Inc. (MCMI). Fairbanks Gold Corporation was subsequently acquired by Amax Gold, Cyprus Amax, and finally Kinross Gold. FGMI and MCMI are both wholly owned subsidiaries of Kinross Gold. As such, one wonders about the fate of Teryl Resources with a partner such as Kinross so close and so hungry for talent and resources. By way of comparison, consider that Kinross' nearby True North gold deposit (located two miles north of Teryl's West Ridge property) was purchased by Kinross in 1999 for $94 million in cash and stock.

With the development of the nearby Fort Knox mine beginning in the early 90s, continued exploration of the Gil claims was a natural progression for both Kinross and Teryl. On the Main Gil and Gil North Zones, exploration identified widespread structurally-controlled gold mineralization. Extensive drilling, sampling, and trenching between 1992 and 2004 also defined the extent of gold mineralization in these areas and developed numerous exploration targets.

In 1999, Kinross Gold and Teryl Resources announced a preliminary, non-43-101 compliant resource calculation for the Gil project. Indicated and inferred resources were estimated at 10.7 million tons grading 0.040 ounces per ton gold - 433,400 ounces. That is at present very liberally valued at $60 million in-situ (in the ground), or $1.50 per share. Last time I looked, which was the morning of September 24th, Teryl was trading at $0.17. Of course, when I say "in-situ", I mean there are millions in costs associated with bringing any mineral resource to production.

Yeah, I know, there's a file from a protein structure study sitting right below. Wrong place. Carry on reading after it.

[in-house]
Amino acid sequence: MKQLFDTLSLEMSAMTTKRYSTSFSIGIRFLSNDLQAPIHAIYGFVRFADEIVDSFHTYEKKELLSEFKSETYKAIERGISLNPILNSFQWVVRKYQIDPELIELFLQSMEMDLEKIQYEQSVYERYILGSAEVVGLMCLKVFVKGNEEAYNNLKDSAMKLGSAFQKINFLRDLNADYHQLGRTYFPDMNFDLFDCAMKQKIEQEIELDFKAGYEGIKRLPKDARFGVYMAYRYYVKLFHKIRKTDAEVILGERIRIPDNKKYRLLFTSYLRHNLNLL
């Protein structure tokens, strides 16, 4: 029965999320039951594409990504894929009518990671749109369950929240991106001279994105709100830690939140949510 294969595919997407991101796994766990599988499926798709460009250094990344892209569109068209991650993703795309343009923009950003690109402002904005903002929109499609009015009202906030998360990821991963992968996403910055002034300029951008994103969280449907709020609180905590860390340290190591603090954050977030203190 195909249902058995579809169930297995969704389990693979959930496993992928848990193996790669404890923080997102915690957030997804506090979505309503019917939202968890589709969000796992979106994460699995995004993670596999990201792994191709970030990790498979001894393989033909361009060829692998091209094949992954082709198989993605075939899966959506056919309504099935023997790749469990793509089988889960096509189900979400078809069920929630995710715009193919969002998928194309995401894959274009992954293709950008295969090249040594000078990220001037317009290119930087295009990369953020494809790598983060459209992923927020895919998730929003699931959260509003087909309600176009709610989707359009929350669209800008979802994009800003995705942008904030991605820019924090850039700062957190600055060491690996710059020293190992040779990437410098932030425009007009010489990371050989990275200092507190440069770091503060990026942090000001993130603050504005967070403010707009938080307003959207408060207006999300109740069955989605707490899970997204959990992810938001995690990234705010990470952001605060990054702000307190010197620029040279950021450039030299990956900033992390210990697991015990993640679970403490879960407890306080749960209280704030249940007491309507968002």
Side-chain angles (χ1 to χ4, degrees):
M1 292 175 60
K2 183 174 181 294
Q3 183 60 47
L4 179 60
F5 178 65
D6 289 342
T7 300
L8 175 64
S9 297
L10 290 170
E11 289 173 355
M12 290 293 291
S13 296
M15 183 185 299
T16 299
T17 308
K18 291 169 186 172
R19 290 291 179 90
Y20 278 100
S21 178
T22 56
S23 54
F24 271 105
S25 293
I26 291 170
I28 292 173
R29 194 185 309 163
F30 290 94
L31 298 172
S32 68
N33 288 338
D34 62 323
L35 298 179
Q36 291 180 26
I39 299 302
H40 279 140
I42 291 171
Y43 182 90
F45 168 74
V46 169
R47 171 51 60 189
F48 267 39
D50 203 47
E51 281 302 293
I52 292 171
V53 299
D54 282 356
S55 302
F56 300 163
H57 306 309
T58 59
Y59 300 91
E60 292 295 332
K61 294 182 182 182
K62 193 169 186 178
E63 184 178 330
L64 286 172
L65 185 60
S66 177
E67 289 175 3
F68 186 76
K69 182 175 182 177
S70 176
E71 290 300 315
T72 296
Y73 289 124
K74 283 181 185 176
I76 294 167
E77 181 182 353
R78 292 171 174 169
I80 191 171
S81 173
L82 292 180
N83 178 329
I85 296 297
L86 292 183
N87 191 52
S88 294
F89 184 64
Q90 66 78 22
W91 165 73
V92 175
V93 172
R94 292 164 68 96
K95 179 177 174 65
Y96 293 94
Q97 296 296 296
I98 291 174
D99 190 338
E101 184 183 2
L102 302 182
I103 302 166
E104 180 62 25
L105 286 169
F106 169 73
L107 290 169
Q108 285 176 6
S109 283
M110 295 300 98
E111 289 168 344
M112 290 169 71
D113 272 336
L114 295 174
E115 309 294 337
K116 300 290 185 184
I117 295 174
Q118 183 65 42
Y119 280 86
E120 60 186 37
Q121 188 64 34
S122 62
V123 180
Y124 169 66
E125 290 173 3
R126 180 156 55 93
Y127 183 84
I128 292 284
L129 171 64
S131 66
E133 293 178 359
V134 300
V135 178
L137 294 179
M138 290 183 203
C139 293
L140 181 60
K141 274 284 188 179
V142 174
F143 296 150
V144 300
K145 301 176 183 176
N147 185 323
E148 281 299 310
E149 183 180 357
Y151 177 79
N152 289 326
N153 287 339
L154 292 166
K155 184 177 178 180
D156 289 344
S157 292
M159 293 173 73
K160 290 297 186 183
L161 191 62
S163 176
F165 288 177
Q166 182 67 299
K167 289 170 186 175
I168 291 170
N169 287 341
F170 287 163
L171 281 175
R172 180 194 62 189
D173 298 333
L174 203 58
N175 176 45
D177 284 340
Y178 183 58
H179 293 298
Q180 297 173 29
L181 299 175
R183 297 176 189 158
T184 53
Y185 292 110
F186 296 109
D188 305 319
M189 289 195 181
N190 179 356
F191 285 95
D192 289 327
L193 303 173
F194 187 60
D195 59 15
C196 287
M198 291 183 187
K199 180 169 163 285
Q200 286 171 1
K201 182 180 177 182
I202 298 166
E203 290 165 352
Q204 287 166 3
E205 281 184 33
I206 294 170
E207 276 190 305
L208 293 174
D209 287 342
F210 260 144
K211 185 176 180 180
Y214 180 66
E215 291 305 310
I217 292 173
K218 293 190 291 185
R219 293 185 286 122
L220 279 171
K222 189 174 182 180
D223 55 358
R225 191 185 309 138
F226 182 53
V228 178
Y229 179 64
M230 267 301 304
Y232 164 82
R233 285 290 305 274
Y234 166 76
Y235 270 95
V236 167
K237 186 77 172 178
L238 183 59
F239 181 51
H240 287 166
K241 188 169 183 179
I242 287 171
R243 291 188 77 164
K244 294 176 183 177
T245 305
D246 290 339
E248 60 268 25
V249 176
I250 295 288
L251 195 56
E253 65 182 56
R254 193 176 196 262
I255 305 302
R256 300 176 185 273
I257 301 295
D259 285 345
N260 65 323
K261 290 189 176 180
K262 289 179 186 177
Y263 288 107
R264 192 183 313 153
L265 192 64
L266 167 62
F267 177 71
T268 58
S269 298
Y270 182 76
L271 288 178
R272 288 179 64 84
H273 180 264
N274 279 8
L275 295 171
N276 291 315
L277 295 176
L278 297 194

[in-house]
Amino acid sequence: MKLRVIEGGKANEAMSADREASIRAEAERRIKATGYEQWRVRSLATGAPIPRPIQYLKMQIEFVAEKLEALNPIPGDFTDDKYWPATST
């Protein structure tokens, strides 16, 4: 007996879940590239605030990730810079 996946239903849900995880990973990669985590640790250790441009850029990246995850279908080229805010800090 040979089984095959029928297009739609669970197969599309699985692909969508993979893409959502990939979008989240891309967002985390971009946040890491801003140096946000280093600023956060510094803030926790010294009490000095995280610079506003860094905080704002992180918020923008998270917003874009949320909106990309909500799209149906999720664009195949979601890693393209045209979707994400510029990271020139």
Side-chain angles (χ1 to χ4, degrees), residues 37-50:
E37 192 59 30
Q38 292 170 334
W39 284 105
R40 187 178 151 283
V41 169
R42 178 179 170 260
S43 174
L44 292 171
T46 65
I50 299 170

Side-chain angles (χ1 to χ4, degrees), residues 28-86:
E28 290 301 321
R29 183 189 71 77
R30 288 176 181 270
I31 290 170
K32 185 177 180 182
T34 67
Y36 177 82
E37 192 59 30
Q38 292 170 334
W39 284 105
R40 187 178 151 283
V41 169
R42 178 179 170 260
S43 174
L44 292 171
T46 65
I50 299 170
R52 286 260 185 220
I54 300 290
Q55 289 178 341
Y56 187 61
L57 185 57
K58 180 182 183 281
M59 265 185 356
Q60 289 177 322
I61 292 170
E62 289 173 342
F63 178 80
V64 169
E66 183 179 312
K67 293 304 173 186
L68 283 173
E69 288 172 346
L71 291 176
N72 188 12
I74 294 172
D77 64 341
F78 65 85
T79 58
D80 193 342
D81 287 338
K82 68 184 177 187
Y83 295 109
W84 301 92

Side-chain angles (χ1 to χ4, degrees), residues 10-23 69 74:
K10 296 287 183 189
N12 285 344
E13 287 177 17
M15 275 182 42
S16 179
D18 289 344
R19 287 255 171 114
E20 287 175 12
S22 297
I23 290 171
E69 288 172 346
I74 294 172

In this case, however, it behooves us to point out that having Kinross as a partner will actually save Teryl millions in costs, should any future resource be brought to production: Kinross has a large mill already onsite with a capacity of 50,000 tonnes per day. All the infrastructure such as roads, accommodations, utilities, etc., are in place at Gil.

John commented on the importance of the Gil project to both Teryl and Kinross: "The stage we're at with Kinross Gold is they're evaluating the property for additional targets to be drilled next year. There's a possibility of drilling this year which depends on availability of drill rigs and getting their budget approved.

"Kinross is aggressively seeking additional ore to feed its Fort Knox mill. What we want to do now is increase the tonnage. There's a possibility of the zone extending further to the north and maybe to the east as well. If we can increase the reserves to 1 million ounces gold, it would be worth it for them to ship it to their nearby mill."

This article is intended for information purposes only, and is not a recommendation to buy or sell the equities of any company mentioned herein. It is based on sources believed to be reliable, but no warranty as to accuracy is expressed or implied. The opinions expressed in the article are those of the author except where statements are attributed to individuals other than the author, in which case the opinions are those of the individual to whom they are attributed.

The author and ResourcexInvestor.com are not shareholders in the companies herein mentioned, and the author, as an employee of Resourcex Publishing Corp is expressly prohibited for owning any securities about which they may write for a period of 30 days prior to and 30 days after initial publication of the article in which the securities of any company are mentioned.